"A portrait is a picture in which there is just a tiny little something not quite right about the mouth." -- John Singer Sargent

Wednesday, July 21, 2021

Abraham Lincoln

This painting, by Herbert D. Stitt, of Lincoln Arriving in Washington DC February 23, 1861 appeared on the cover of the B&O Magazine, February 1922. Stitt worked for the Baltimore & Ohio Railroad as an illustrator and staff artist from 1912 to1932. The blurb inside the cover read:

The Cover Picture of This Issue

The picture on the cover of this issue is a reproduction of an oil painting by Herbert D. Stitt, staff artist of our Magazine. It portrays the arrival of Abraham Lincoln in the old Baltimore and Ohio station in Washington on the morning of February 23, 1861, just preceding his first inauguration.

The outline of the old Baltimore and Ohio station in Washington is faithful to the subject, as will be attested by many of our employees who saw it before it was torn down. Engine 236, which was used to bring Mr. Lincoln from Baltimore to Washington, is also faithfully portrayed.

The artist's conception of the great Civil War president is an unusually fine one, the dignity and strength of his character being well represented. His physical aspect shows his great height and awkwardness — yet his underlying bodily strength and poise, and the critical work before him is reflected in the stern and careworn appearance of his face.

Of the other figures in the picture, that immediately behind Lincoln is Ward H. Lamon, whom Lincoln chose from among his intimate friends in Springfield, Illinois, to accompany him on the trip to Washington, through cities whose loyalty to the Federal cause and hence to the president-elect, was not beyond question. Lamon was noted as a "minute" man, powerful of physique and expert in the handling of weapons, a likely bodyguard for his friend and president. Allan Pinkerton, the first of the well known Pinkerton family of detective fame, is in the extreme background. Elihu B. Washburn, who met Lincoln in the station, is at his left. Washburn was later secretary of state in the cabinet of President Ulysses S. Grant, and was also ambassador to France in 1869.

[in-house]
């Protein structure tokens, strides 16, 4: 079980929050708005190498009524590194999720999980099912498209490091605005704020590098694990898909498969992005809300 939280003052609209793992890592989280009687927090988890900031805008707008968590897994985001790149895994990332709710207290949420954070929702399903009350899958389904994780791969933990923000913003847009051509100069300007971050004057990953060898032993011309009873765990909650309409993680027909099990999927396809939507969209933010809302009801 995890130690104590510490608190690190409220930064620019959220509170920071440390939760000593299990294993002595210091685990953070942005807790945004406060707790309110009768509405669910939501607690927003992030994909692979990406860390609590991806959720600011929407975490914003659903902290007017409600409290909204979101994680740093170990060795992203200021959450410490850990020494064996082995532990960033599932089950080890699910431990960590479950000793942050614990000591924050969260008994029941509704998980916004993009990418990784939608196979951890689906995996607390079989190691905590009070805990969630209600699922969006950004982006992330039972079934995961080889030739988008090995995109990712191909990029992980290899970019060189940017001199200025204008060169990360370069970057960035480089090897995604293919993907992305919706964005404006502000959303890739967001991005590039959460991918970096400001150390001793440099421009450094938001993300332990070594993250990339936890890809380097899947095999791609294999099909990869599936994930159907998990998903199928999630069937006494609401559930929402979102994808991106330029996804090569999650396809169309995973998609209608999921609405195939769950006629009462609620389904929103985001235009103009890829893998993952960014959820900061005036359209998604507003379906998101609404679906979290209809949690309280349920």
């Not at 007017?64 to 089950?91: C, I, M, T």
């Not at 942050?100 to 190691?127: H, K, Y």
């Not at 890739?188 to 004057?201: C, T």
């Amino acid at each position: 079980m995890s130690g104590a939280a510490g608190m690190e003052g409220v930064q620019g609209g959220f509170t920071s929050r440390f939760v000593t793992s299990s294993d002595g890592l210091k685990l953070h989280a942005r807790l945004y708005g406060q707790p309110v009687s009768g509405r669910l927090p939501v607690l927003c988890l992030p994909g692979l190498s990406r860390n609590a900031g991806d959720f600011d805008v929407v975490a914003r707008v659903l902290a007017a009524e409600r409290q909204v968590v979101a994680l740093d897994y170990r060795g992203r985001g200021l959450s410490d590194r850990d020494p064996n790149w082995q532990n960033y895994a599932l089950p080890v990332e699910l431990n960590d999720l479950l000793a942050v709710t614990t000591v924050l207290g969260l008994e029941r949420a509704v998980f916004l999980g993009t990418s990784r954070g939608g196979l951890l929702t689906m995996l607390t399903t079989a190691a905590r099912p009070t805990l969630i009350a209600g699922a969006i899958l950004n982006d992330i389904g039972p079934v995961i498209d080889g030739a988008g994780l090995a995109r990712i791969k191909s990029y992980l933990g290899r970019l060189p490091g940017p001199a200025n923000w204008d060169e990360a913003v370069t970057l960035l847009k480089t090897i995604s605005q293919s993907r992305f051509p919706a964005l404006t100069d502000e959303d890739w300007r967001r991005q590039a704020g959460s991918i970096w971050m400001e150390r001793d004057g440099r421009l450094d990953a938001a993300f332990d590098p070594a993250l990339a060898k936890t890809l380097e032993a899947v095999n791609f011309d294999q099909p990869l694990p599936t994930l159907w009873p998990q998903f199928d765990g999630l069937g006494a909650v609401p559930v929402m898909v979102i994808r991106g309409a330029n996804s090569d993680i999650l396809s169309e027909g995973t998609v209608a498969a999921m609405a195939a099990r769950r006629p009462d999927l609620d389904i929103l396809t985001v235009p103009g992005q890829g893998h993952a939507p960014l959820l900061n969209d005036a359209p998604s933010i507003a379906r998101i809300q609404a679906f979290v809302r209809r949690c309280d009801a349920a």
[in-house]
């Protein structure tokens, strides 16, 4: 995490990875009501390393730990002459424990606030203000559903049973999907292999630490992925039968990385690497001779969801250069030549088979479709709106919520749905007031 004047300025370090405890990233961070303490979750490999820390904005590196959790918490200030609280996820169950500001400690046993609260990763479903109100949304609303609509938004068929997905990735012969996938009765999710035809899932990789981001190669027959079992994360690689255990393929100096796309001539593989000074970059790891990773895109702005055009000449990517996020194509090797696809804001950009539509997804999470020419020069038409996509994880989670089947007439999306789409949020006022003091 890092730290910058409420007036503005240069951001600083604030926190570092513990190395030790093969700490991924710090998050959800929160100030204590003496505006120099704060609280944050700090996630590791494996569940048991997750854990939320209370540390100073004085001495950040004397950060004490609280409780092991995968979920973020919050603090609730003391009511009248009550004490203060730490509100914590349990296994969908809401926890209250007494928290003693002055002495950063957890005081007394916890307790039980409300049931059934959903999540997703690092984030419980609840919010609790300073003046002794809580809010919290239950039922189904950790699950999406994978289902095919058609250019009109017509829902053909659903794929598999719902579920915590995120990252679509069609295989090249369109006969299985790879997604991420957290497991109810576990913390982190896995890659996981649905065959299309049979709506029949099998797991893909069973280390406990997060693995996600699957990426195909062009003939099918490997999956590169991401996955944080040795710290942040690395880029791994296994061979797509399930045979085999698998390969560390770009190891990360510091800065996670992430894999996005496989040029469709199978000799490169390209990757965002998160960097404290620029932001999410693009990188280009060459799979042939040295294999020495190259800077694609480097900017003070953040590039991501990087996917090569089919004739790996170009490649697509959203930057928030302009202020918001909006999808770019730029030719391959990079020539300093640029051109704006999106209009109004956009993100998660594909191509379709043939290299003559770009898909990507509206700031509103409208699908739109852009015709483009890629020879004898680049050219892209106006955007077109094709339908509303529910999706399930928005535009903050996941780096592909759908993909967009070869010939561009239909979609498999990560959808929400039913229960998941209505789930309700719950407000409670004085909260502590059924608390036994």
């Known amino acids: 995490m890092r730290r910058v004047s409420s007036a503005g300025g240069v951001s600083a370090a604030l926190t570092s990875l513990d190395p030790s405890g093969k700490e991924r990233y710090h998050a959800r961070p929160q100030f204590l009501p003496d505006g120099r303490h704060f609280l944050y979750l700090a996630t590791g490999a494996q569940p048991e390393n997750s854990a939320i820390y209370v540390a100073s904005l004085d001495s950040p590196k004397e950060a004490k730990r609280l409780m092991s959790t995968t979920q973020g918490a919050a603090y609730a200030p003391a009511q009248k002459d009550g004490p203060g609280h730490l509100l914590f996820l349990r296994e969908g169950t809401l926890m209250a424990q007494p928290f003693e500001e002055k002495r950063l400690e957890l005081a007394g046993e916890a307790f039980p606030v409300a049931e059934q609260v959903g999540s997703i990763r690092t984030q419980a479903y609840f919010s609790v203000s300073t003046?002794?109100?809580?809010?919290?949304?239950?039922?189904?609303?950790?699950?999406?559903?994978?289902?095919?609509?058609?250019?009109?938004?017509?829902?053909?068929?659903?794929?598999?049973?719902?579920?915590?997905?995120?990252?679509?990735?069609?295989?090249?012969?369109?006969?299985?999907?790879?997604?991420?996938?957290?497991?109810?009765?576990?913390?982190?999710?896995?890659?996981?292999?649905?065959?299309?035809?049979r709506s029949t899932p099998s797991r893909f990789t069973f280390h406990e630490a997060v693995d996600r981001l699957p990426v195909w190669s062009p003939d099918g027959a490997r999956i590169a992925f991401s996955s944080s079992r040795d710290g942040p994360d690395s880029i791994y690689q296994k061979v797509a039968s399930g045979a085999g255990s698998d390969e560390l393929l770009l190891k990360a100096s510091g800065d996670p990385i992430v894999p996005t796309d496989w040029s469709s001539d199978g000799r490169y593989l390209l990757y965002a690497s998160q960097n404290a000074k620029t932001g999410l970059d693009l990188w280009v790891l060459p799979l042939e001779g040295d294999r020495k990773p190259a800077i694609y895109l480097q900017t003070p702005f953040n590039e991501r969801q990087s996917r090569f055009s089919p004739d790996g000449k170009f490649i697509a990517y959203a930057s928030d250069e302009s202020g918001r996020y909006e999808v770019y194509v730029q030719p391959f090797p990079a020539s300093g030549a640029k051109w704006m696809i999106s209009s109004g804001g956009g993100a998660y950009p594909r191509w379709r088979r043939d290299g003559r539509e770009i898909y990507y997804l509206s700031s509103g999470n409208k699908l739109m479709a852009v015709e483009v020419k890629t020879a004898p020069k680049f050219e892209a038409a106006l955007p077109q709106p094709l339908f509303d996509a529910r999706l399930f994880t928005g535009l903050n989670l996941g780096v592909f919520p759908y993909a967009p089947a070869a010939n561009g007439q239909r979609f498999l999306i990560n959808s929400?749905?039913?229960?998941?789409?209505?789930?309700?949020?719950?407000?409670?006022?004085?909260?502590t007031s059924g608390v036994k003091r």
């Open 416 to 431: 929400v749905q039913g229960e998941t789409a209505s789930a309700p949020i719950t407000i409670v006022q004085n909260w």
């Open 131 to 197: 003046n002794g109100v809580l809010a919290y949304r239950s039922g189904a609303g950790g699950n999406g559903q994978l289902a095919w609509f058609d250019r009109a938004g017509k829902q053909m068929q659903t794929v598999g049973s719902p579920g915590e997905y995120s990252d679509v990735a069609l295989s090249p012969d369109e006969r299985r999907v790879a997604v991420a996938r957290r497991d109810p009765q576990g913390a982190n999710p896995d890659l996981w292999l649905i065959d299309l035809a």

These three figures would be easily recognizable by people who knew the men, for they are painted from photographs taken at the time.

The other figures in the picture, the old darky on the left with the carpet bag, presumably Washburn's servant and coachman, and the engineer and fireman of the train, are conceptions of the artist, but none the less realistic. -- B&O Magazine.

Compare this calm and well dressed Abraham Lincoln to the images that appeared in various publications in 1861 showing the president elect sneaking in disguise through Baltimore.

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